where we use risk
Where We Use Risk?
  • Across all USACE Business Lines
    • Navigation
    • Hydropower
    • Flood Damage Reduction (Dams and Levees)
    • Coastal Storm Damage Reduction
  • Use in USACE Engineering
      • Major Rehabilitation since 1991
      • Navigation System-wide Studies
      • Hurricane Protection System Studies
        • IPET Hurricane Katrina Performance Evaluation
      • Dam Safety
      • Levee Safety
      • Asset Management
risk based method
Risk Based Method
  • Combines:
    • Probabilistic analyses
    • Statistical data
    • Engineering judgment
    • Facility performance
  • Goal is to assists the Risk Informed Decision Making (RIDM) Process:
    • Adds valuable information to decision-making process for justifying rehabilitation or other funding by integrating engineering reliability with economic and life consequences

Engineering Reliability

what is reliability
What is Reliability?
  • Definition: Reliability is a measure of a facility or component to perform its intended function under specified operating conditions for a given period of time
  • P(f) + P(s) = 1
  • P(f) is the probability of failure (failures / event)
  • P(s) is the probability of survival (successes / event)
  • So the probability that satisfactory performance will occur is called the reliability (R) or:

R = 1 - p(f) = 1- p(u)

Where p(u) is the probability of unsatisfactory performance (PUP)

slide16

Determination of Performance Probabilities, P(f) or P(u)

  • Historical Rates of Occurrence
  • Survivorship Curves
  • Analytical Methods
  • Expert Opinion Elicitation
basic era framework
Basic ERA Framework
  • Evaluate Structure or Component Performance (PUP)
    • Determine Current Performance Level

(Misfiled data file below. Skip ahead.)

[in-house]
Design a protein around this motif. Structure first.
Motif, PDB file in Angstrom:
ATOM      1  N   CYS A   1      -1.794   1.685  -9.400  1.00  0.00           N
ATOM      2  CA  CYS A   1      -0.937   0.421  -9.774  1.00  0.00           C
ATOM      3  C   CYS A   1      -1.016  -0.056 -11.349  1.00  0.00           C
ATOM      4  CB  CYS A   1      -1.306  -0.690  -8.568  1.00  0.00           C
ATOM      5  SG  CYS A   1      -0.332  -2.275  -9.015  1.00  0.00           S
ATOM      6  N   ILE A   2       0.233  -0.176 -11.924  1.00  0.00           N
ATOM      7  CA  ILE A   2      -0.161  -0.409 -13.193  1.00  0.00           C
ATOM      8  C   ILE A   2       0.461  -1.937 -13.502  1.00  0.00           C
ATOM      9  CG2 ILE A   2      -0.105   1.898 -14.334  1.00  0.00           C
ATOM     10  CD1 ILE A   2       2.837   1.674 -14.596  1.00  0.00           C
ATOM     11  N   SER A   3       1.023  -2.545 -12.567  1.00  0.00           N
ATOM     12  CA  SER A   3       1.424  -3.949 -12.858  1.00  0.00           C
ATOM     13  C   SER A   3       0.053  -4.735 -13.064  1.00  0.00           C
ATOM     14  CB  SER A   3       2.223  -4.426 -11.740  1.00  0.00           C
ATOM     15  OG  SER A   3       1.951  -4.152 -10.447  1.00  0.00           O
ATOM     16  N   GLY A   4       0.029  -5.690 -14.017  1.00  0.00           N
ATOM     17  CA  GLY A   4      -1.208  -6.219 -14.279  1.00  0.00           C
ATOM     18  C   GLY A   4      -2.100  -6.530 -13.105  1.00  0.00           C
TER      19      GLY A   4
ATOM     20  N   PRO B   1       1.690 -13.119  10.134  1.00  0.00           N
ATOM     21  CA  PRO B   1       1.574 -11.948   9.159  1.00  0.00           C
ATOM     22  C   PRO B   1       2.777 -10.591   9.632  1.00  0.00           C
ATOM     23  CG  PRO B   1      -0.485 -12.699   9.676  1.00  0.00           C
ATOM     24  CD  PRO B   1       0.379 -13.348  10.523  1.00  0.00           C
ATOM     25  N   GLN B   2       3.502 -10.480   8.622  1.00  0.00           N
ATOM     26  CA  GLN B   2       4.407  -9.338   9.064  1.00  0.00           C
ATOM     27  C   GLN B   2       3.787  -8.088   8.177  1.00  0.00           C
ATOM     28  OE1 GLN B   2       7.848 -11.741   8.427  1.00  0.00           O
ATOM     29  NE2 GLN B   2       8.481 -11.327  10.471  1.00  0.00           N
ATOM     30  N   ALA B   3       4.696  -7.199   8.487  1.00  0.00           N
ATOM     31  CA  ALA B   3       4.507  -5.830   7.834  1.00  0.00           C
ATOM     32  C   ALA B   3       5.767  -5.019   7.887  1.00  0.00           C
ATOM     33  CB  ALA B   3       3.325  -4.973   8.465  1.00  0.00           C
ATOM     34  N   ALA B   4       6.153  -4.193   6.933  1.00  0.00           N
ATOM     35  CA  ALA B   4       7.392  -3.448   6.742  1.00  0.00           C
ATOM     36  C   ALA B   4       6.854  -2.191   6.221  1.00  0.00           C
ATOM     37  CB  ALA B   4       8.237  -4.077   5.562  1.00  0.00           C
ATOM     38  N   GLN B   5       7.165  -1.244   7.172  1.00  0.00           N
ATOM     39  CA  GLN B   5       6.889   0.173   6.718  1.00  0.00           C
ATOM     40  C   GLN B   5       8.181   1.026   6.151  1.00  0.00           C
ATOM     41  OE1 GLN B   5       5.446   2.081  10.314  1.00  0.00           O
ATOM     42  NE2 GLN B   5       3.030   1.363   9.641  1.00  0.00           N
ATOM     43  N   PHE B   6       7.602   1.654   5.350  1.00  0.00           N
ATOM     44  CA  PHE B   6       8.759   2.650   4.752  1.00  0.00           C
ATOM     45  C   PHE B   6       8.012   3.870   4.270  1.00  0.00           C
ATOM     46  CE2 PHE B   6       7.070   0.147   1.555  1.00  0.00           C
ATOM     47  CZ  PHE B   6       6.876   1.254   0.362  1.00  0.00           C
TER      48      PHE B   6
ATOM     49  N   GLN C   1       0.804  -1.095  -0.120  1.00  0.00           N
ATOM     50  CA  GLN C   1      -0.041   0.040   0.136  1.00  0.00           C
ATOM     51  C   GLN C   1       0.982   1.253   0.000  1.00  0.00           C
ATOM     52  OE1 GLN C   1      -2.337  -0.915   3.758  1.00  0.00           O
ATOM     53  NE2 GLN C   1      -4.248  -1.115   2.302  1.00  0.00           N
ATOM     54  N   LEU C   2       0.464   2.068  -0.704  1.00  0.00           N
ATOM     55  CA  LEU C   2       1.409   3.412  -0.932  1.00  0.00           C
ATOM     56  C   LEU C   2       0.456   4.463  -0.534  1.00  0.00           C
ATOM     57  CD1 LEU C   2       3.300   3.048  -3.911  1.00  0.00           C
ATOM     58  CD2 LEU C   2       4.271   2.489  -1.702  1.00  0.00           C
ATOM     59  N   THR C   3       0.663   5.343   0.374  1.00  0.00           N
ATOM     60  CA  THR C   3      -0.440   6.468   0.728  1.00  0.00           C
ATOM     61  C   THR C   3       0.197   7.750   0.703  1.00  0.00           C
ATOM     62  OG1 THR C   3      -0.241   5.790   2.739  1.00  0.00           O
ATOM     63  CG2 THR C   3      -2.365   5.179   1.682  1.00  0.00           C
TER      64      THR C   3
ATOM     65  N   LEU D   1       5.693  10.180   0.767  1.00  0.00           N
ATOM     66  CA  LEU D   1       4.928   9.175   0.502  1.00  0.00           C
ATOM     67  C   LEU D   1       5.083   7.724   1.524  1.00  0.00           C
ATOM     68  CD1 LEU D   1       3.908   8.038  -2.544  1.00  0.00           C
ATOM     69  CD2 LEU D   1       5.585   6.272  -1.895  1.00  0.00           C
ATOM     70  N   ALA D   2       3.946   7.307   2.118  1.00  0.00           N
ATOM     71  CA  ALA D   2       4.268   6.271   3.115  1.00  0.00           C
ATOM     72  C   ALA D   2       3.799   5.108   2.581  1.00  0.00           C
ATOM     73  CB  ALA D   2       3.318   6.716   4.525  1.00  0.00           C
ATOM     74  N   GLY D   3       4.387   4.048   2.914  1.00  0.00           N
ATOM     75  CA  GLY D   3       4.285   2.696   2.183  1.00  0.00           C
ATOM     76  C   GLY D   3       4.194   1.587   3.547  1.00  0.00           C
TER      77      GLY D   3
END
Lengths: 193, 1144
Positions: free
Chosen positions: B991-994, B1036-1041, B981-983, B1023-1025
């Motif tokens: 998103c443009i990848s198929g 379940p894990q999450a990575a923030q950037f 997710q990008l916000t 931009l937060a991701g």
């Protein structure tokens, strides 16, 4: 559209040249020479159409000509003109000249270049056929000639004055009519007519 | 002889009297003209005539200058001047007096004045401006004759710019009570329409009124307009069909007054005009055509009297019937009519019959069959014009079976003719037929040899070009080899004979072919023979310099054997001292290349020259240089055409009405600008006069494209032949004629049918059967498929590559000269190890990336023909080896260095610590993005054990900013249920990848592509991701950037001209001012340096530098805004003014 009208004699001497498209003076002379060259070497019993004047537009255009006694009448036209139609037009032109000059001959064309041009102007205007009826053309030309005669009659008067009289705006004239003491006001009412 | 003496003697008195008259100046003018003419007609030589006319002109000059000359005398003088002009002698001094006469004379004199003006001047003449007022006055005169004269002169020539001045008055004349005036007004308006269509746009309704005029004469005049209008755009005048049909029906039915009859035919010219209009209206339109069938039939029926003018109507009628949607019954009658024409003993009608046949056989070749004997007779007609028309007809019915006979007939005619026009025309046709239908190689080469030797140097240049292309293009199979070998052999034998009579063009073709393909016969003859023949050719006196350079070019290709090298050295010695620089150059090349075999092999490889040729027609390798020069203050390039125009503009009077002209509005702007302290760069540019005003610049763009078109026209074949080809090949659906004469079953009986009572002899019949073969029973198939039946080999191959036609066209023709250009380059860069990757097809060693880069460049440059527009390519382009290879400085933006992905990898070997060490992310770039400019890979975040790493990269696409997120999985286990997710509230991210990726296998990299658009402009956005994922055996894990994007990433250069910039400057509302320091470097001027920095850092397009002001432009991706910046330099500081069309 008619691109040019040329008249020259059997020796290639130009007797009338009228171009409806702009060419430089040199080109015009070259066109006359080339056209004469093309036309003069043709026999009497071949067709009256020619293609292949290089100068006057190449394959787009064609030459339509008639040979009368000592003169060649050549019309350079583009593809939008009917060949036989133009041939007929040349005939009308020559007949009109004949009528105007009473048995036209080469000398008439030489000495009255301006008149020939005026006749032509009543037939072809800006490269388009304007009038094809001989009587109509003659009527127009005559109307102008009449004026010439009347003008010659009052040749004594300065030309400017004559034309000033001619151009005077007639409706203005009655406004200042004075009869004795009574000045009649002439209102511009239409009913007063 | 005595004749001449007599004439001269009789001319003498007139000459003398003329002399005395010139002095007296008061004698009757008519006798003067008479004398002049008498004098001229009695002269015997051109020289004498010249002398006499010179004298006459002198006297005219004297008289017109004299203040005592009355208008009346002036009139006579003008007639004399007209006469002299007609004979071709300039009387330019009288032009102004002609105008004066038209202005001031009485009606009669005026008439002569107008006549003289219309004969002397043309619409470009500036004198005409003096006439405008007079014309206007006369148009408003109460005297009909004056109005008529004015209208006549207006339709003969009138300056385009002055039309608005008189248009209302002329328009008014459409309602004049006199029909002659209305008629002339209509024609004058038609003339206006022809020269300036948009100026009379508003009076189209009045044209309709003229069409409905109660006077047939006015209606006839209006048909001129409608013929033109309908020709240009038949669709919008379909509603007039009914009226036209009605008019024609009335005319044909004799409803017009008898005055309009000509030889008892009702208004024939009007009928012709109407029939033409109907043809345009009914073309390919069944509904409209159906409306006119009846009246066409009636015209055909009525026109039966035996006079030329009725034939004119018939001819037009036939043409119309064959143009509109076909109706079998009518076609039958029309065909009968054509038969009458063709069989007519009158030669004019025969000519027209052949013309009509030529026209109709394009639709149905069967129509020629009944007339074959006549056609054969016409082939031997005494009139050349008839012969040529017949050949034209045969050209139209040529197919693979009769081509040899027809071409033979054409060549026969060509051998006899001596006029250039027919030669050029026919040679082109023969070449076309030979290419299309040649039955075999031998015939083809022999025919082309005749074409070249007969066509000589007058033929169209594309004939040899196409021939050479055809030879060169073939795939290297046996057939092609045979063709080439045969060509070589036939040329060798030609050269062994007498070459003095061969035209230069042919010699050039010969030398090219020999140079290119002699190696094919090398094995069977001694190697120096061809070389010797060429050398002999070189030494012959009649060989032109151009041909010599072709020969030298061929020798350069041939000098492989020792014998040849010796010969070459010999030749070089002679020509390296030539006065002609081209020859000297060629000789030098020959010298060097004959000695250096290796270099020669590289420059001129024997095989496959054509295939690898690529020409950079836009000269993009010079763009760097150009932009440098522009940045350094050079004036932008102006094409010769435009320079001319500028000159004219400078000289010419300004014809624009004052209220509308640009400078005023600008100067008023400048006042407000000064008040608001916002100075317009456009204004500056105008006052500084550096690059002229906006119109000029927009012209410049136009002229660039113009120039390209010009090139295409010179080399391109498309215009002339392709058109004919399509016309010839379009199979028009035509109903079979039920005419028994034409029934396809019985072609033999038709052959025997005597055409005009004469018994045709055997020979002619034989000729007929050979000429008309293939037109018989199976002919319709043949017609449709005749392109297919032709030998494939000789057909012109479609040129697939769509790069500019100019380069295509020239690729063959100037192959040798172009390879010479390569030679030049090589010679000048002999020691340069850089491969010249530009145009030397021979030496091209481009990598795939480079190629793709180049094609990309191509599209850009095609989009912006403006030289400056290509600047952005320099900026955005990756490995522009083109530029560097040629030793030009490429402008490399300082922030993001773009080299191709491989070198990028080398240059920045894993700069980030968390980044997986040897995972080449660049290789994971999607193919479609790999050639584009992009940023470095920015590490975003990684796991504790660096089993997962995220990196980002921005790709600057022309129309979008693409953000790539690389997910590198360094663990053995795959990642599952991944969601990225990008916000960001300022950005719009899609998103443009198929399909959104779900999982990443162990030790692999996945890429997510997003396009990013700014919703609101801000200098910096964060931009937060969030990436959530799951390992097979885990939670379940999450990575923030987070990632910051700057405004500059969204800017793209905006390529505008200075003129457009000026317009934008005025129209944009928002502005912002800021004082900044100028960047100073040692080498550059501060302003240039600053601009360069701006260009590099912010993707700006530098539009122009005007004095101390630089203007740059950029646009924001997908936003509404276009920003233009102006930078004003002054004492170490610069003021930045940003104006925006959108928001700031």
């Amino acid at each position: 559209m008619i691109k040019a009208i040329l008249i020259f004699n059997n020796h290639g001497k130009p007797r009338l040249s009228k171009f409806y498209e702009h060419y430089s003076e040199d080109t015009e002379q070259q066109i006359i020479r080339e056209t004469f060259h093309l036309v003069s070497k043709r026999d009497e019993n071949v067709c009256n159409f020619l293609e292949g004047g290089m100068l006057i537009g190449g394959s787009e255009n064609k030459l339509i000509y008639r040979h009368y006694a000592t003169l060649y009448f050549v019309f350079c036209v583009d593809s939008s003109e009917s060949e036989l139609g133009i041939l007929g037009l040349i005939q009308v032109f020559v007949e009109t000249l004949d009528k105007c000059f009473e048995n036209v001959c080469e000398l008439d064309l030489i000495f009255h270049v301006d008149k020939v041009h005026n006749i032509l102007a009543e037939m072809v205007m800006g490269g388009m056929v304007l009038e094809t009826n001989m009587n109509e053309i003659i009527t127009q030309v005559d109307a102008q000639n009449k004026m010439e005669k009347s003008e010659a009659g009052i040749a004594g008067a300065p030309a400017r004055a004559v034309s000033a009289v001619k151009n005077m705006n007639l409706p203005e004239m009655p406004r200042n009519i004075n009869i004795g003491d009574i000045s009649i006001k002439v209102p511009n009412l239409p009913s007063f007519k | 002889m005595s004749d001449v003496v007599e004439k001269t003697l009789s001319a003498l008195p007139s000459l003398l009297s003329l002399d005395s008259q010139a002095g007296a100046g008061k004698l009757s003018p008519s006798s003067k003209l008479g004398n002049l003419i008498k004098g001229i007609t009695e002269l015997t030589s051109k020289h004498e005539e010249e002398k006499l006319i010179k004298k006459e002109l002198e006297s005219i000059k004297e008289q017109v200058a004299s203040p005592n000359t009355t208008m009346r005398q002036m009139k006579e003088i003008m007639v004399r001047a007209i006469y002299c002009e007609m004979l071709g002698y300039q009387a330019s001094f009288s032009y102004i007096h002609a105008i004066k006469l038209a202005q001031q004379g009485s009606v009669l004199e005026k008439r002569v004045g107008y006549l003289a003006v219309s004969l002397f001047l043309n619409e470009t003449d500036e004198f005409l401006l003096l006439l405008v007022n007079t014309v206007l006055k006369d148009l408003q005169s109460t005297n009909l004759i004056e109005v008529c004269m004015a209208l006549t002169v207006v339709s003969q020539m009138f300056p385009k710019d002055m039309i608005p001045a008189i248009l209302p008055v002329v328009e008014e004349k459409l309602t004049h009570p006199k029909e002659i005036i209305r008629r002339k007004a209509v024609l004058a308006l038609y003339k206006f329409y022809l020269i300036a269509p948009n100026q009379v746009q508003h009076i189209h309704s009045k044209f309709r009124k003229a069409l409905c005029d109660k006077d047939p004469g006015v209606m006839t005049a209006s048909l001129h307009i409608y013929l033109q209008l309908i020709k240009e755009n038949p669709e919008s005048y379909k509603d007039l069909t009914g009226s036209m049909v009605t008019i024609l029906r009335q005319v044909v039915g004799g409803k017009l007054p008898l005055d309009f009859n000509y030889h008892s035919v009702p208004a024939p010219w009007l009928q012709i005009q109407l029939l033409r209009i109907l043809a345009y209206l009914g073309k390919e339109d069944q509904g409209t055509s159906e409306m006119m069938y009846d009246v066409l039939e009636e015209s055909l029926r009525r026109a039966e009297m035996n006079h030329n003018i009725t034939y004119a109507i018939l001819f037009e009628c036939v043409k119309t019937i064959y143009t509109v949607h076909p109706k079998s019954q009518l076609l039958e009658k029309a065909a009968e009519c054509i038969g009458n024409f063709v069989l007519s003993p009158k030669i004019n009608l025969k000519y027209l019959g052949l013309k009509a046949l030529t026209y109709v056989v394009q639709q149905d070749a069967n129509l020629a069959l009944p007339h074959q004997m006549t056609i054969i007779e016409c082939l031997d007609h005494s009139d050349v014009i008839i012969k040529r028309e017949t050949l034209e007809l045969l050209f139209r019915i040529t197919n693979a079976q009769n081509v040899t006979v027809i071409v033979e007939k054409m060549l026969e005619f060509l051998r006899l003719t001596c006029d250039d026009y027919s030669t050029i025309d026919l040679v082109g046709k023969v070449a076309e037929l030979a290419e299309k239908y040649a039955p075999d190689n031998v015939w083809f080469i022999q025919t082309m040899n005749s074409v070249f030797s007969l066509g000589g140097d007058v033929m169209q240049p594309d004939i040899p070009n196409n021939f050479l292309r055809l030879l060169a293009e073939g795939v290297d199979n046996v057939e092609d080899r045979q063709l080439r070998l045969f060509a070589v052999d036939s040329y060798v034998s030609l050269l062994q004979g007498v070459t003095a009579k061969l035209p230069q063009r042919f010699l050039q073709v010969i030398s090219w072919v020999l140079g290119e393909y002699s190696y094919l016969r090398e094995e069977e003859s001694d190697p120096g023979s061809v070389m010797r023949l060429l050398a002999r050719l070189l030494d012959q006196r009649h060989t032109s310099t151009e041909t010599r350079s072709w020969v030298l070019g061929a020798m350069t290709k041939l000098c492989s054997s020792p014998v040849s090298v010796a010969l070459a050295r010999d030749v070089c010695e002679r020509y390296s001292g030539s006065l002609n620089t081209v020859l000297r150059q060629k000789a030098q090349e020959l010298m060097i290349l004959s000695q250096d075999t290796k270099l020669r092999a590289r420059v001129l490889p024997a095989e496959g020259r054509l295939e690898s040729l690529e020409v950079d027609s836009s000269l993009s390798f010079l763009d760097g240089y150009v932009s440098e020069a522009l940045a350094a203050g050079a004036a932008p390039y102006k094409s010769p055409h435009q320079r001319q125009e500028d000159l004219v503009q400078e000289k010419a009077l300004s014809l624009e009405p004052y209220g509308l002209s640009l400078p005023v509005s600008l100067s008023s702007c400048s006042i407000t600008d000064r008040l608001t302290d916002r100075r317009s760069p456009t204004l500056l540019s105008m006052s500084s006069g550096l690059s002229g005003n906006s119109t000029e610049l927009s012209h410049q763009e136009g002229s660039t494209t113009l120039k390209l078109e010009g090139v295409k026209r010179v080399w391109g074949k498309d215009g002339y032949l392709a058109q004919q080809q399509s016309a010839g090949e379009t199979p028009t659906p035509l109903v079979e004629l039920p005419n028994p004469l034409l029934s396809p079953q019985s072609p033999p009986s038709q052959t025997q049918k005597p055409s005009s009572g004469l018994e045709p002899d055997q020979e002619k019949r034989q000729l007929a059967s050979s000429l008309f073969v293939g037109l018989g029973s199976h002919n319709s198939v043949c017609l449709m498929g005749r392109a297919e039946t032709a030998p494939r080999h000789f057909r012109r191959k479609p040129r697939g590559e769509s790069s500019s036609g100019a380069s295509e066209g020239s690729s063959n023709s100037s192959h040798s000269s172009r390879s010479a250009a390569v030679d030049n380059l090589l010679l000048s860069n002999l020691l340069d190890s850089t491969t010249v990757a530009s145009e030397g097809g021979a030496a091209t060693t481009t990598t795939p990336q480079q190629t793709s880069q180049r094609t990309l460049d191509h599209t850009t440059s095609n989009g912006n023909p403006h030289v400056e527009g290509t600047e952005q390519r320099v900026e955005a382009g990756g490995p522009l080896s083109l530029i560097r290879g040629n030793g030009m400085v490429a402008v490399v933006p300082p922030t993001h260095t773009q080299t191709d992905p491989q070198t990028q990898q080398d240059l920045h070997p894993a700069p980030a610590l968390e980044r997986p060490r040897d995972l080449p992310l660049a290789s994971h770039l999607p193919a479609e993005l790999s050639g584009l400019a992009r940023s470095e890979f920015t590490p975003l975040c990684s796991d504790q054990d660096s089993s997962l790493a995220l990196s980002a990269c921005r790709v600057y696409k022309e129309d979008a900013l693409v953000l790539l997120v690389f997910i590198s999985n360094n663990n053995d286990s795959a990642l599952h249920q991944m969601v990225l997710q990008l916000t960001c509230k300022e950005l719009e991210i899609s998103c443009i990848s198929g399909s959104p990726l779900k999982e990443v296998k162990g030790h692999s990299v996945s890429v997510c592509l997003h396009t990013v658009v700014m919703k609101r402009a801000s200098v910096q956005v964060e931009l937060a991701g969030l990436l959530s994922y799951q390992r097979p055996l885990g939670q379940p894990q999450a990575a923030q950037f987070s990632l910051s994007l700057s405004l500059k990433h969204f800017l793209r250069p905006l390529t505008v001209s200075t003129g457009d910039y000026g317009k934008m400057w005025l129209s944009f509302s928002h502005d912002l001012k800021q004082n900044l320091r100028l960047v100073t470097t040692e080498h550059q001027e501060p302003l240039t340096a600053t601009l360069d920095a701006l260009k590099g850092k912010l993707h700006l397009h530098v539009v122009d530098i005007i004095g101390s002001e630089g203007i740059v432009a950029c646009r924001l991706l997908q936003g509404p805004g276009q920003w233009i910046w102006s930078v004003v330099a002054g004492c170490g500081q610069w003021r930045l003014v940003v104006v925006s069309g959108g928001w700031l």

• Estimate Future Performance
    • Estimate Repair Alternatives
  • Predict Consequences of Unsatisfactory Performance for Evaluated Planning Alternatives
  • Develop Consequence Event Trees Consistent with Unsatisfactory Performance Limit State
common problems with era
Common Problems with ERA
  • Reliability Side
    • Reliability models are not calibrated to experience
    • Hazard function analysis is not used for time-dependent conditions
    • Inappropriate or incorrect use of expert elicitation
    • Post repair reliability is not adjusted in the life-cycle analyses
    • The “Fix-as-fails” base case and the advance maintenance alternatives are not consistently evaluated for reliability
  • Consequences Side
    • Only worst case scenarios are used in the event trees. Consequences are grossly overstated….”The sky is falling!”
    • Event trees are not complete or consistent with the limit states
    • Unreliable alternatives are mistakenly recommended as viable solutions
era guidance
ERA Guidance
  • New Engineering Circular – EC1110-2-6062
    • Entitled “Risk and Reliability Engineering for Major Rehabilitation Studies”
    • Single source covers risk and reliability applications for all disciplines (structural, geotechnical, mechanical and electrical and hydropower)
    • Covers engineering reliability integrated with modeling of economic consequences
    • However, does not cover Dam Safety or Levee Safety ERA